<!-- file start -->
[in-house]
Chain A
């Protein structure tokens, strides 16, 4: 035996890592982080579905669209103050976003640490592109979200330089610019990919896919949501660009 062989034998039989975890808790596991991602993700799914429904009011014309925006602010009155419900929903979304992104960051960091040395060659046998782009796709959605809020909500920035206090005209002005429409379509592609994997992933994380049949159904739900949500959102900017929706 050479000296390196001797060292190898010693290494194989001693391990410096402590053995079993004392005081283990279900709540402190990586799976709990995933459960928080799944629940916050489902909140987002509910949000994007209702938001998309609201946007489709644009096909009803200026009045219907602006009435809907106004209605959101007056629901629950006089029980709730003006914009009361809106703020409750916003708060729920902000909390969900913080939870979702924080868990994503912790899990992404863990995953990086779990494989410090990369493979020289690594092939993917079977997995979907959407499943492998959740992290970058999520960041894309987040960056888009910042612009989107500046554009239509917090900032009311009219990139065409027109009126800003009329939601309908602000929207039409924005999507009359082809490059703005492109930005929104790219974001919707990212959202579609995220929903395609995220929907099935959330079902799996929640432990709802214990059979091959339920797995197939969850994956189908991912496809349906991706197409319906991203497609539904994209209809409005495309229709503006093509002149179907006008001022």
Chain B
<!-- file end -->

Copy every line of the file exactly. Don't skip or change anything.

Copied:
[in-house]
Chain A
């Protein structure tokens, strides 16, 4: 035996890592982080579905669209103050976003640490592109979200330089610019990919896919949501660009 062989034998039989975890808790596991991602993700799914429904009011014309925006602010009155419900929903979304992104960051960091040395060659046998782009796709959605809020909500920035206090005209002005429409379509592609994997992933994380049949159904739900949500959102900017929706 050479000296390196001797060292190898010693290494194989001693391990410096402590053995079993004392005081283990279900709540402190990586799976709990995933459960928080799944629940916050489902909140987002509910949000994007209702938001998309609201946007489709644009096909009803200026009045219907602006009435809907106004209605959101007056629901629950006089029980709730003006914009009361809106703020409750916003708060729920902000909390969900913080939870979702924080868990994503912790899990992404863990995953990086779990494989410090990369493979020289690594092939993917079977997995979907959407499943492998959740992290970058999520960041894309987040960056888009910042612009989107500046554009239509917090900032009311009219990139065409027109009126800003009329939601309908602000929207039409924005999507009359082809490059703005492109930005929104790219974001919707990212959202579609995220929903395609995220929907099935959330079902799996929640432990709802214990059979091959339920797995197939969850994956189908991912496809349906991706197409319906991203497609539904994209209809409005495309229709503006093509002149179907006008001022």
Chain B